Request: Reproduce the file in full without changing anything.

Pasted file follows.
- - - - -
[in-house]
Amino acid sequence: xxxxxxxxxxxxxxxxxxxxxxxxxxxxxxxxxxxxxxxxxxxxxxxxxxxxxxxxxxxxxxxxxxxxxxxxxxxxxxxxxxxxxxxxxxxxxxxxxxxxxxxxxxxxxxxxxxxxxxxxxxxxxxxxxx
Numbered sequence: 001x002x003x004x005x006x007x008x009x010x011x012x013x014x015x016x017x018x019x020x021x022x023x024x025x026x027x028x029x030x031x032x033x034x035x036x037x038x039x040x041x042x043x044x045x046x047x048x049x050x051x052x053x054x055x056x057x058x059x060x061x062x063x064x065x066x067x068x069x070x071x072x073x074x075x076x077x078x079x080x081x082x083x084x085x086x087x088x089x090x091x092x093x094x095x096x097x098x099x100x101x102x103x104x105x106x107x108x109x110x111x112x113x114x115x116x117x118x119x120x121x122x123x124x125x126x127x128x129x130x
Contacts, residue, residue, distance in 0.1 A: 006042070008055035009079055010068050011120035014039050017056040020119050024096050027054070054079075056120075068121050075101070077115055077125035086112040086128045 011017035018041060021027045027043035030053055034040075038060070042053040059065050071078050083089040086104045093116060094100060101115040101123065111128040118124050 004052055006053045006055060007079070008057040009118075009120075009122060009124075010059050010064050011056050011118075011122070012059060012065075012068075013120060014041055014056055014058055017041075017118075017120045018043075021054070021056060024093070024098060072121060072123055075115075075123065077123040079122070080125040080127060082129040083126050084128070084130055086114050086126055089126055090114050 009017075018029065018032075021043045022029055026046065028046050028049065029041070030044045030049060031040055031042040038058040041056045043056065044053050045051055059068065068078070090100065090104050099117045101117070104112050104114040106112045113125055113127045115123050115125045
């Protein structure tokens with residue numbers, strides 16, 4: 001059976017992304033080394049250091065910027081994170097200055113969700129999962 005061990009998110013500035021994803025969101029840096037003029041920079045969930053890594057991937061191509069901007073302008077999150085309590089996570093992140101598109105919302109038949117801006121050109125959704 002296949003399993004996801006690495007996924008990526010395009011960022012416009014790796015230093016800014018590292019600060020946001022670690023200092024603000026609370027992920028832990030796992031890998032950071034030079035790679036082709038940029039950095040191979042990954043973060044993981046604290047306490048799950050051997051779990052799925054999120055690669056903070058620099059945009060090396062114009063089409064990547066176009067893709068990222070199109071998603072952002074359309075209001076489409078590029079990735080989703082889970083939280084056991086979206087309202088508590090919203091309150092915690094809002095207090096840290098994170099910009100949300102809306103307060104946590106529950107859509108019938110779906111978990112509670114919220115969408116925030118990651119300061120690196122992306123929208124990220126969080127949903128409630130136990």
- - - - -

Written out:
[in-house]
Amino acid sequence: xxxxxxxxxxxxxxxxxxxxxxxxxxxxxxxxxxxxxxxxxxxxxxxxxxxxxxxxxxxxxxxxxxxxxxxxxxxxxxxxxxxxxxxxxxxxxxxxxxxxxxxxxxxxxxxxxxxxxxxxxxxxxxxxxx
Numbered sequence: 001x002x003x004x005x006x007x008x009x010x011x012x013x014x015x016x017x018x019x020x021x022x023x024x025x026x027x028x029x030x031x032x033x034x035x036x037x038x039x040x041x042x043x044x045x046x047x048x049x050x051x052x053x054x055x056x057x058x059x060x061x062x063x064x065x066x067x068x069x070x071x072x073x074x075x076x077x078x079x080x081x082x083x084x085x086x087x088x089x090x091x092x093x094x095x096x097x098x099x100x101x102x103x104x105x106x107x108x109x110x111x112x113x114x115x116x117x118x119x120x121x122x123x124x125x126x127x128x129x130x
Contacts, residue, residue, distance in 0.1 A: 006042070008055035009079055010068050011120035014039050017056040020119050024096050027054070054079075056120075068121050075101070077115055077125035086112040086128045 011017035018041060021027045027043035030053055034040075038060070042053040059065050071078050083089040086104045093116060094100060101115040101123065111128040118124050 004052055006053045006055060007079070008057040009118075009120075009122060009124075010059050010064050011056050011118075011122070012059060012065075012068075013120060014041055014056055014058055017041075017118075017120045018043075021054070021056060024093070024098060072121060072123055075115075075123065077123040079122070080125040080127060082129040083126050084128070084130055086114050086126055089126055090114050 009017075018029065018032075021043045022029055026046065028046050028049065029041070030044045030049060031040055031042040038058040041056045043056065044053050045051055059068065068078070090100065090104050099117045101117070104112050104114040106112045113125055113127045115123050115125045
């Protein structure tokens with residue numbers, strides 16, 4: 001059976017992304033080394049250091065910027081994170097200055113969700129999962 005061990009998110013500035021994803025969101029840096037003029041920079045969930053890594057991937061191509069901007073302008077999150085309590089996570093992140101598109105919302109038949117801006121050109125959704 002296949003399993004996801006690495007996924008990526010395009011960022012416009014790796015230093016800014018590292019600060020946001022670690023200092024603000026609370027992920028832990030796992031890998032950071034030079035790679036082709038940029039950095040191979042990954043973060044993981046604290047306490048799950050051997051779990052799925054999120055690669056903070058620099059945009060090396062114009063089409064990547066176009067893709068990222070199109071998603072952002074359309075209001076489409078590029079990735080989703082889970083939280084056991086979206087309202088508590090919203091309150092915690094809002095207090096840290098994170099910009100949300102809306103307060104946590106529950107859509108019938110779906111978990112509670114919220115969408116925030118990651119300061120690196122992306123929208124990220126969080127949903128409630130136990």